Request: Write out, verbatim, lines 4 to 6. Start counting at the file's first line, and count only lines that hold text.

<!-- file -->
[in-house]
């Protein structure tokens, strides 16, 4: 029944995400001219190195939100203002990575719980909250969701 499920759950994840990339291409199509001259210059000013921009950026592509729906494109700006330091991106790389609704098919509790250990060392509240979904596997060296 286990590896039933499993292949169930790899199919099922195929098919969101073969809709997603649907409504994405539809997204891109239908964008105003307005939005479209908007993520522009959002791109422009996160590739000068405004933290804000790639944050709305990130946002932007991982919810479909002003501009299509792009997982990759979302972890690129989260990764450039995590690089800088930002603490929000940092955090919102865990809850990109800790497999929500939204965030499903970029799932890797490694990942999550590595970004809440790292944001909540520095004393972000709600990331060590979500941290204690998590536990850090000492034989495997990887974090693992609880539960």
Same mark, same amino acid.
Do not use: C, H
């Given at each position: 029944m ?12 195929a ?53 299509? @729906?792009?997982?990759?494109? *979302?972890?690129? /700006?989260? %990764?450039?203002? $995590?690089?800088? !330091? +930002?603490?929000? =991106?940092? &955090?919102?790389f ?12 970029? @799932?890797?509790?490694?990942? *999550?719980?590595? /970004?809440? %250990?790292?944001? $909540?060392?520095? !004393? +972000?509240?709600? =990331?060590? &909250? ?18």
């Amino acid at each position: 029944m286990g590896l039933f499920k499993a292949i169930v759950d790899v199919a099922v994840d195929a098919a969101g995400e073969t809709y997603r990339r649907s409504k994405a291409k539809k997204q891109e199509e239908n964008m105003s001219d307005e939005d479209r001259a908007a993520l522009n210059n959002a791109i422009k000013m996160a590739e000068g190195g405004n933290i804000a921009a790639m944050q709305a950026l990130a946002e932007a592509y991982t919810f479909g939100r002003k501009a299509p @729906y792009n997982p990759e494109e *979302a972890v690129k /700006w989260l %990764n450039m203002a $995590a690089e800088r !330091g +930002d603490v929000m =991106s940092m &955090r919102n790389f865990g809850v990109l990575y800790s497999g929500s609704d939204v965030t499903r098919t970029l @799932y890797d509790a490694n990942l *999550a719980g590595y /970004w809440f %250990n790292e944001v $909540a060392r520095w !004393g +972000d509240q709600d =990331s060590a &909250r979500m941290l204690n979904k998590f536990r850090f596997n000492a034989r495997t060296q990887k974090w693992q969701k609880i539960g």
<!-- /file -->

Do not use: C, H
């Given at each position: 029944m ?12 195929a ?53 299509? @729906?792009?997982?990759?494109? *979302?972890?690129? /700006?989260? %990764?450039?203002? $995590?690089?800088? !330091? +930002?603490?929000? =991106?940092? &955090?919102?790389f ?12 970029? @799932?890797?509790?490694?990942? *999550?719980?590595? /970004?809440? %250990?790292?944001? $909540?060392?520095? !004393? +972000?509240?709600? =990331?060590? &909250? ?18």
């Amino acid at each position: 029944m286990g590896l039933f499920k499993a292949i169930v759950d790899v199919a099922v994840d195929a098919a969101g995400e073969t809709y997603r990339r649907s409504k994405a291409k539809k997204q891109e199509e239908n964008m105003s001219d307005e939005d479209r001259a908007a993520l522009n210059n959002a791109i422009k000013m996160a590739e000068g190195g405004n933290i804000a921009a790639m944050q709305a950026l990130a946002e932007a592509y991982t919810f479909g939100r002003k501009a299509p @729906y792009n997982p990759e494109e *979302a972890v690129k /700006w989260l %990764n450039m203002a $995590a690089e800088r !330091g +930002d603490v929000m =991106s940092m &955090r919102n790389f865990g809850v990109l990575y800790s497999g929500s609704d939204v965030t499903r098919t970029l @799932y890797d509790a490694n990942l *999550a719980g590595y /970004w809440f %250990n790292e944001v $909540a060392r520095w !004393g +972000d509240q709600d =990331s060590a &909250r979500m941290l204690n979904k998590f536990r850090f596997n000492a034989r495997t060296q990887k974090w693992q969701k609880i539960g």